On the way Sushil told me how he got his first big break in the Business. In 1992 the Dutch organisation CBI (Centre for the promotion of imports from developing countries) invited Sushil’s company to present his stone products and fill in a questionnaire about his business. They then reviewed his products along with others from India and also from other countries. Their criteria for selection were that he had product in demand in Europe and that he was following best practice production procedures. He made the shortlist, CBI then visited Sushil’s business and looked at the entire production cycle. His was the only Indian business that won their support. They paid for him to attend the Nuremburg stone show and gave him help to understand how to sell his product at the show. Sushil won his first export contract at the 1993 Nuremburg show and has attended the show every second year since, winning ever more export business. Now 14 years later he runs a substantial international company with exporting throughout Europe and North America.

As we drove along I was astounded to see that all the fenceposts in the area were made of granite. Later in the journey we saw some being put in post holes that were easily 2 metres long. It struck me as being a very good permanent solution, it was especially clear that it made sense when I noticed a termite mound next to one of these posts. A wooden fence post would soon be eaten!

We soon knew that we were in granite country when we drove past a hill of huge granite boulders, near the foot of which was the local Volvo dealership for heavy earth moving equipment. We were told that outcrops like this are protected and mining is not permitted although sometimes old traditional strip mines that produce stone use for the local market are allowed to continue operating. The granite area is vast, extending from 200km south of Bangalore to 800km north.

We could see that the infrastructure in the area was much more developed than in Rajasthan, the road we were travelling on was altogether better and electricity lines paralleled the road and lead to all the villages that we passed.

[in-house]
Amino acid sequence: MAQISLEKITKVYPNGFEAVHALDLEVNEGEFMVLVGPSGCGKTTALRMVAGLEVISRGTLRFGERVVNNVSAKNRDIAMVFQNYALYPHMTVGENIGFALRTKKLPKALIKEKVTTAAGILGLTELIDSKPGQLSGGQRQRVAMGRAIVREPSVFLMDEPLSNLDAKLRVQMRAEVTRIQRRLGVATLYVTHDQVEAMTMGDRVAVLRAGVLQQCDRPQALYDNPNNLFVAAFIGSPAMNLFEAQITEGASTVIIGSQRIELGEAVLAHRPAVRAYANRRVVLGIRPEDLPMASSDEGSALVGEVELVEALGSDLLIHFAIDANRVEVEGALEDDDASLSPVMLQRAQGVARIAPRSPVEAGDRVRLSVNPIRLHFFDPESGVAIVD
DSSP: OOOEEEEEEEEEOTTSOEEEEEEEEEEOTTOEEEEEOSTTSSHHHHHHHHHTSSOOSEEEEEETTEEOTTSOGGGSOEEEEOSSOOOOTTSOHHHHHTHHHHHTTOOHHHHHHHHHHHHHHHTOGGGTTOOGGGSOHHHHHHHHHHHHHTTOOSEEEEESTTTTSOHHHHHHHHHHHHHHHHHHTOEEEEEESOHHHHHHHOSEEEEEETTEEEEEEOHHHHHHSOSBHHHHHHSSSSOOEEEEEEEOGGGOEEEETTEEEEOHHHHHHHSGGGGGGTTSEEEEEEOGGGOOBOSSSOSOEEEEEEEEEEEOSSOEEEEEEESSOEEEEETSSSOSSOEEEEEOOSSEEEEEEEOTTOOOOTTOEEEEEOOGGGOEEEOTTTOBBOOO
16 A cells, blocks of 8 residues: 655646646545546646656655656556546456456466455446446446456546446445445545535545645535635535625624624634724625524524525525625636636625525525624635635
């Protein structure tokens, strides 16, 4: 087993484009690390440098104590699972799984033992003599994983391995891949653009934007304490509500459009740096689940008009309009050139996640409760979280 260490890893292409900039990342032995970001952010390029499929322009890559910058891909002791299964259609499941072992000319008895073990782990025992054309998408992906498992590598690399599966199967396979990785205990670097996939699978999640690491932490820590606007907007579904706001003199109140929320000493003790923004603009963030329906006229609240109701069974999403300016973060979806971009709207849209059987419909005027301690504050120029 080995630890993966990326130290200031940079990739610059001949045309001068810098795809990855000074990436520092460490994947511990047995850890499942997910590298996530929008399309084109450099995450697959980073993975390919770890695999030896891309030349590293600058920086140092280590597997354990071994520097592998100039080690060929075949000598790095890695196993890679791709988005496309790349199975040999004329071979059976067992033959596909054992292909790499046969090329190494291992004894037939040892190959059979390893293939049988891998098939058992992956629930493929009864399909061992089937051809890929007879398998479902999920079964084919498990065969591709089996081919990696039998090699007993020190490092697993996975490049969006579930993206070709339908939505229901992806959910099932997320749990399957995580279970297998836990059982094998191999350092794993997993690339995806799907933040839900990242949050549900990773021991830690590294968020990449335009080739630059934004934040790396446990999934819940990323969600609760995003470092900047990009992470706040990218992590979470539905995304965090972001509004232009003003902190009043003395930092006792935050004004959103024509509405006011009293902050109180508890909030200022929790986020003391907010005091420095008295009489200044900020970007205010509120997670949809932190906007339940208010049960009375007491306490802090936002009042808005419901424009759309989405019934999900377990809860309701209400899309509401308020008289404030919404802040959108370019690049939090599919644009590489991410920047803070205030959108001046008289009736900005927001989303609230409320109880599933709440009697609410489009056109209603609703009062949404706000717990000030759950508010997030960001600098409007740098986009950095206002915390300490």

Before we left the main road we stopped at a roadside cafeteria for tea and bottled water.

About 90 km out of Bangalore we turned down a secondary road toward our first Quarry. We passed a village and asked if the people living in the local villages worked in the Quarries and were told that the often did but most were farmers. Along the side of the road were enormous hedges of Aloe Vera that both separate the fields and form a crop in it’s own right producing both jelly and a strong fibre.

We soon arrived at the first quarry. The license for this quarry had only recently been granted and it was in the very early stages of development. The area being worked was relatively small, perhaps 100 metres by 30 metres and no more than 5 metres deep at it deepest point.
The first few metres are a mixture of soil and larger and larger boulders below which in bedrock. It takes a year or more of development before the block coming out of the quarry is large enough for slab production. The material that is recovered in the earlier stages is used to produce landscaping products, aggregates, and other products for the domestic market. The larger boulders are drilled and broken using explosives. At the time of our visit there were only 5 people working at this quarry. Many of the workers in this area were Roman Catholics and some had already left to prepare for up coming Easter celebrations.